The sunny weather was matched by the sunny smiles of students, teachers, staff and parents alike in what was hailed as one of the most smoothly-run opening days for the Falls Church City Public Schools in memory.
Such was the assessment of many as classrooms were filled for the first time this school year on Tuesday, despite the challenges of some significant logistical changes.
The second grade in the system, which had been at the Thomas Jefferson Elementary, was moved back to Mt. Daniel Elementary with the completion of new improvements there, and the fifth grade at Thomas Jefferson was moved to the Mary Ellen Henderson Middle School in another flawless move.
The result has been the first time in many years that there have been no classes meeting in trailers for the 2,700 students in the entire system, a long-awaited result through the many construction changes.
Though formal enrollment numbers are not due to the state until the end of September, Falls Church Schools Superintendent Peter Noonan told the News-Press after the first day of classes that preliminary nose-counting has accounted for a net increase of about 60 students more than last year throughout the system.
This resulted, among other things, in increasing the sixth grade class at Mary Ellen Henderson to 235 students, the largest number ever in the history of the system. As a result, an assistant principal, Rob Carey, was reassigned from Jefferson to Henderson.
Also, plans made in January to reduce the kindergarten at Mt. Daniel by one classroom, based on projected enrollment, was changed back to the old number due to higher than projected actual enrollment, Noonan said.
Meanwhile, construction is racing ahead for the new George Mason High School on the site of former practice fields at the campus. The foundations are being poured at the site, and walls are coming up out of the huge hole that was dug there in the construction’s first phase.
New traffic routes for buses and drop-offs at the high school and middle schools were well publicized in advance, and worked very smoothly on the first day of classes, Noonan said.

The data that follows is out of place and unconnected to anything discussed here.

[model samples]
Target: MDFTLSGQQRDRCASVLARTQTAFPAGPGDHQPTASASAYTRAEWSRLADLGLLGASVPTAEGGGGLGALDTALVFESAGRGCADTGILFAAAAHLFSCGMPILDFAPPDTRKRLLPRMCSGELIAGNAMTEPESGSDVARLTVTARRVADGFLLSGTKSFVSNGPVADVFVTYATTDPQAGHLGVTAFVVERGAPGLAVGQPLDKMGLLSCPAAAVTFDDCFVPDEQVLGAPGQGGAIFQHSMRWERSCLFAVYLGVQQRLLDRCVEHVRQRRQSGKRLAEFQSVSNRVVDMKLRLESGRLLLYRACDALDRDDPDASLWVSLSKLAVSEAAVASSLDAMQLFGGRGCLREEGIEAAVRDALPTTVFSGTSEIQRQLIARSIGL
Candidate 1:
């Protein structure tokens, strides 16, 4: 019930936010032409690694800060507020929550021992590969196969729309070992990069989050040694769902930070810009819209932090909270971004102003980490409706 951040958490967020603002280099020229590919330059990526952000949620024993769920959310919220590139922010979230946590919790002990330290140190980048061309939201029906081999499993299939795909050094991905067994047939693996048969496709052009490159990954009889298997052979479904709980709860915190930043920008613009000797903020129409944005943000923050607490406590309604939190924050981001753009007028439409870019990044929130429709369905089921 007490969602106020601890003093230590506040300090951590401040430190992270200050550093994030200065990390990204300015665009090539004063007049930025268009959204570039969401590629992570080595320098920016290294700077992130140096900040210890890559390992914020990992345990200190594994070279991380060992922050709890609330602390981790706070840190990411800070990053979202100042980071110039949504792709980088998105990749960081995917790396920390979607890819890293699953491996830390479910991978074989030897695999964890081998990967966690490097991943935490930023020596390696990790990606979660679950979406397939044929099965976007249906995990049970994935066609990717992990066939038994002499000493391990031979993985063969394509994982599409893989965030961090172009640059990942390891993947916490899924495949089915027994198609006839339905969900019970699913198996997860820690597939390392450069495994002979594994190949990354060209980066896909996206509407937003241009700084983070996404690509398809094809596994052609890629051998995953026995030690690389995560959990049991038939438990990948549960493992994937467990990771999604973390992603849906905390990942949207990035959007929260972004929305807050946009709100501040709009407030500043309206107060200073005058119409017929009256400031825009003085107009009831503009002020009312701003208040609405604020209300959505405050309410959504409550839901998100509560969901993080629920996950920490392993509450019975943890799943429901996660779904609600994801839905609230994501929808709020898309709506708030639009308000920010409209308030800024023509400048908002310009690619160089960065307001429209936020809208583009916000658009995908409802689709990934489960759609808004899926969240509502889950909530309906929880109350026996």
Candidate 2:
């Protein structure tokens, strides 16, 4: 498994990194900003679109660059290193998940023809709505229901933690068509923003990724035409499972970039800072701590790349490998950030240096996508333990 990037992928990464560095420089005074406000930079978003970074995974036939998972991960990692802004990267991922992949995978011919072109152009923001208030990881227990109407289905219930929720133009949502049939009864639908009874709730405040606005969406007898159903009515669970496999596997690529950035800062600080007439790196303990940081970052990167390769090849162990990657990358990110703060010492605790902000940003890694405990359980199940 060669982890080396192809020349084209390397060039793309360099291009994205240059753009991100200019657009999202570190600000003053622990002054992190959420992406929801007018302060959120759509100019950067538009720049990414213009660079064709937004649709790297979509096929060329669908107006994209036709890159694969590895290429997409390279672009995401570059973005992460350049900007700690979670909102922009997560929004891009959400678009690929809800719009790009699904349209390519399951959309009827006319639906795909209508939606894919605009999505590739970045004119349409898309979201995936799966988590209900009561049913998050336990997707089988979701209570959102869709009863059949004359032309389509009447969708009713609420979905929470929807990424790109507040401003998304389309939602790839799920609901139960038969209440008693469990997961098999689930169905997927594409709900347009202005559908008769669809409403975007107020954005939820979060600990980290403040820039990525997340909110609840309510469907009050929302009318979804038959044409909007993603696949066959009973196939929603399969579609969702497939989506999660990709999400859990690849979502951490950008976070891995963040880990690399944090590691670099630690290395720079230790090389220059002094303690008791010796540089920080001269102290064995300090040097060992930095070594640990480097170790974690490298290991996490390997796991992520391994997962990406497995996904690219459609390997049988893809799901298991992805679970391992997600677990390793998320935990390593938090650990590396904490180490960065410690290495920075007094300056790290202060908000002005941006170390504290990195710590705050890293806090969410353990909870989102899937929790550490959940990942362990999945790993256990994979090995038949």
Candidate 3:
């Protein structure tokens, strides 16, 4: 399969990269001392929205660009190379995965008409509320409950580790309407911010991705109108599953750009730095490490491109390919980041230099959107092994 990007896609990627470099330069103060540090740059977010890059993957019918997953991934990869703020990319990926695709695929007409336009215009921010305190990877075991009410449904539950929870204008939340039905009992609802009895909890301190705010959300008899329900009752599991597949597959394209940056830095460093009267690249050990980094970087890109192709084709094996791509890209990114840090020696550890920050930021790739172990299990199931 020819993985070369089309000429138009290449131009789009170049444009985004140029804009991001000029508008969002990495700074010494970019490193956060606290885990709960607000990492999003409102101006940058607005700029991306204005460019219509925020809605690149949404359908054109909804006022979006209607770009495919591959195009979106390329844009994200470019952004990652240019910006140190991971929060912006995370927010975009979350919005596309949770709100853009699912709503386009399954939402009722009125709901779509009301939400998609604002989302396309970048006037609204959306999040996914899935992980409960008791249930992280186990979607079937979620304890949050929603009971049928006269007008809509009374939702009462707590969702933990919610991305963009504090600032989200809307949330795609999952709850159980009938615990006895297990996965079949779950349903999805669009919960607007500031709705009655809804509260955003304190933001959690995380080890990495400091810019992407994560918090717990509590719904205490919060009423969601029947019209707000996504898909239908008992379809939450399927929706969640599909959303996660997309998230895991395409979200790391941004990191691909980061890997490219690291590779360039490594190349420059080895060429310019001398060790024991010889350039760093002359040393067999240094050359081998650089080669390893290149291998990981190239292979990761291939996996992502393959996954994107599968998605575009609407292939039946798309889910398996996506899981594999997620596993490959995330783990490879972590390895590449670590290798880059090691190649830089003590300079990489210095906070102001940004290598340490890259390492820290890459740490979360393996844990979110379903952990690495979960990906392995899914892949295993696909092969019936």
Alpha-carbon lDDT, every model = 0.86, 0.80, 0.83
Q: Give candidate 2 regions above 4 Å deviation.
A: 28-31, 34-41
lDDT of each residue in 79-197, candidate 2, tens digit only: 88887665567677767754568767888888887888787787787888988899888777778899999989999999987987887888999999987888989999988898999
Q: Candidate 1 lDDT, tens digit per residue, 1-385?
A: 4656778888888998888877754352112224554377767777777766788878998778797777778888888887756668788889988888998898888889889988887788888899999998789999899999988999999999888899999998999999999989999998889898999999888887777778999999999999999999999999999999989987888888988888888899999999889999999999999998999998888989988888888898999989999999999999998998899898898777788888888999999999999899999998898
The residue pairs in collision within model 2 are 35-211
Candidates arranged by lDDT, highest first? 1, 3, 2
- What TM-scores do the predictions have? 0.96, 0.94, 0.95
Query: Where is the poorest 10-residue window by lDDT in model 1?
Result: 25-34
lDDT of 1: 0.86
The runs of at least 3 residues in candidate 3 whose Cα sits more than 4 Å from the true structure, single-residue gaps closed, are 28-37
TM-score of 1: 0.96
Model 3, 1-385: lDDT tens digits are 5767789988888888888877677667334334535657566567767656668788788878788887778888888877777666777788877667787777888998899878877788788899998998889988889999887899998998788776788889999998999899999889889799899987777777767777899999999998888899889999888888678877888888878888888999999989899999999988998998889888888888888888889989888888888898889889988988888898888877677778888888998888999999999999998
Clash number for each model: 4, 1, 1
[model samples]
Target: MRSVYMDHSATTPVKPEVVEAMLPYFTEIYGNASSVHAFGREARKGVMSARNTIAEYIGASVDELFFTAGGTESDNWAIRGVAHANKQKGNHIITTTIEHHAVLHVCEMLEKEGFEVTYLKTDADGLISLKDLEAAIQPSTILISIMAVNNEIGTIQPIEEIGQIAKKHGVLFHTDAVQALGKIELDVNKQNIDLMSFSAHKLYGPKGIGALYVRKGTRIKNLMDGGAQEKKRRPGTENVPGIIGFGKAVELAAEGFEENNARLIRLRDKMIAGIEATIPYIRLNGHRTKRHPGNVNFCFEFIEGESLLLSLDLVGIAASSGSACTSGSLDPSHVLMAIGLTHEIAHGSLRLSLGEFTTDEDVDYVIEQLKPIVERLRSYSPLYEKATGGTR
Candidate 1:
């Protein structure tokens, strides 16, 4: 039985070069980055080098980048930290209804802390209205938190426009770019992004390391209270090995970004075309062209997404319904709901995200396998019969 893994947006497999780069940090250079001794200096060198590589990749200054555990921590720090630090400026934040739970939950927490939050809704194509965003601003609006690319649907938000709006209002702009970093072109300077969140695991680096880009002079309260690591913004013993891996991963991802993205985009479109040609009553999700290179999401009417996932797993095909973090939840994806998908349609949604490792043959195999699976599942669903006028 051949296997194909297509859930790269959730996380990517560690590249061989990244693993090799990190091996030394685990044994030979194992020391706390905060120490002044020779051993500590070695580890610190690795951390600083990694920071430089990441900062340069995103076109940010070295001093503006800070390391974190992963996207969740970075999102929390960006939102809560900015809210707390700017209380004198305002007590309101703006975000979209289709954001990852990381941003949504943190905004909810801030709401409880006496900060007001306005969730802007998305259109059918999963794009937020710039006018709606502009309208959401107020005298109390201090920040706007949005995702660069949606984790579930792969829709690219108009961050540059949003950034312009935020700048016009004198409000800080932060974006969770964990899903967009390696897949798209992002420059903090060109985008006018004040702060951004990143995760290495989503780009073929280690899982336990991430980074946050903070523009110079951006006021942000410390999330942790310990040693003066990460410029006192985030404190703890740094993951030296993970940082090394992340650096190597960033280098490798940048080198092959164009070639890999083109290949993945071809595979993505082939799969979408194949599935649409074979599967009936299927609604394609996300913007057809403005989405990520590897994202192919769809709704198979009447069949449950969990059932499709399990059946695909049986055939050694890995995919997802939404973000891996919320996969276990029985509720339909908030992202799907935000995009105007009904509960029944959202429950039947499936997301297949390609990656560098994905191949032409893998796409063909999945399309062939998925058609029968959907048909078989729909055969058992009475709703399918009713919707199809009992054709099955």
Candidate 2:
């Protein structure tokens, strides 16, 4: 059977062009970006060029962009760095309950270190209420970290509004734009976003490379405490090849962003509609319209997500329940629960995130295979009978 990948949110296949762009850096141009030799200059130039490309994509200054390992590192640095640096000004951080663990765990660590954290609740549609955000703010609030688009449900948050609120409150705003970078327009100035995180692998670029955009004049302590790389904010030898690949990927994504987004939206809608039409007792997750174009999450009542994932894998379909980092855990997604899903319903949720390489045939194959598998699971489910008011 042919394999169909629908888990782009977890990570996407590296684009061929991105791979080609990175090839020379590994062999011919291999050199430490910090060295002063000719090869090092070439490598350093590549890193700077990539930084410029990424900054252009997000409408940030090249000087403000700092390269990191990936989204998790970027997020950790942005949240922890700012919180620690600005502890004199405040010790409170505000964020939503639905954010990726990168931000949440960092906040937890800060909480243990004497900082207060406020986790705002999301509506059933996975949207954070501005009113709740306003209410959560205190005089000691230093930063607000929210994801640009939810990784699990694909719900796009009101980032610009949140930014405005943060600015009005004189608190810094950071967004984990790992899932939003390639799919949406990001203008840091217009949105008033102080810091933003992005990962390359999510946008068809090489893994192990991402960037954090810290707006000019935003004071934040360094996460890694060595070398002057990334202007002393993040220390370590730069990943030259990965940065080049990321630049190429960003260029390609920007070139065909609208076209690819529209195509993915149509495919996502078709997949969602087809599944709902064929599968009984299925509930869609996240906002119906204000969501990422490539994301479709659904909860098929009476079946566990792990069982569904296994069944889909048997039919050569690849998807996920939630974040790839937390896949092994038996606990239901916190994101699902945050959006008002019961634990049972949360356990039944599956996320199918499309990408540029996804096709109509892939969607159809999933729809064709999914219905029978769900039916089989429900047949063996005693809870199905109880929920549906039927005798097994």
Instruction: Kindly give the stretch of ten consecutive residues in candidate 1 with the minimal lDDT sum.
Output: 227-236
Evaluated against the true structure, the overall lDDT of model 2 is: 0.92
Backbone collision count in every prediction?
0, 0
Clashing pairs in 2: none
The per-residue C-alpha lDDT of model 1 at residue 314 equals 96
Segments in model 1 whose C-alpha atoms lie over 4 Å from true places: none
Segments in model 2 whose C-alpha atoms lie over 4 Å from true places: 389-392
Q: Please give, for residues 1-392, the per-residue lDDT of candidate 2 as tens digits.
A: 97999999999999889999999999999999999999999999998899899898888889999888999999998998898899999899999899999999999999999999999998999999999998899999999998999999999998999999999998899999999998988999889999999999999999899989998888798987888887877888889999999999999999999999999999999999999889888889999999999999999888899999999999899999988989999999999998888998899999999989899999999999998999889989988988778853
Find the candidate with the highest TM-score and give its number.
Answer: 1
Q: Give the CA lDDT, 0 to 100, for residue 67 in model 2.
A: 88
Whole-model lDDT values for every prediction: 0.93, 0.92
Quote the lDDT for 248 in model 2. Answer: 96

Tonight, “Back to School” night is scheduled for parents of students in the high school. They were to follow the schedule of their students for the semester and to meet and talk with the teachers. The same thing will happen for parents of middle schoolers next week.
(There is also a new tradition of an “Empty Nesters” party that was perpetuated tonight for those whose children graduated from high school last June and no longer have children in the system. That included F.C.’s Vice Mayor Marybeth Connelly.)
Noonan told the News-Press that at the conclusion of the first day of classes Tuesday, a conference call was held at 5 p.m. with all the school principals and key staff and teachers. “Everyone said without exception that it was the smoothest first day ever for them,” Noonan said.
Meanwhile, in school announcements e-mailed daily, a link to the remarks by Noonan at last week’s opening all-staff convocation was provided Wednesday.
In his remarks, Noonan called for creating a caring culture, closing achievement gaps and overcoming the “structural inequity by race, class and gender.”
“It is not OK for any student to be marginalized, allowing some to miss the mark,” he said. “Our goal must be to widen our lens. School is one part of the ecosystem, of the disenfranchised, and it must provide hope and the promise of betterment. This confronts use as a moral imperative,” he said.
This Friday, the GMHS Athletic Boosters Association will host its fourth annual Kickoff Tailgate before the home football game from 5 – 7 p.m. It is a free event providing new and current FCCPS families valuable information from Student Affiliated Organizations.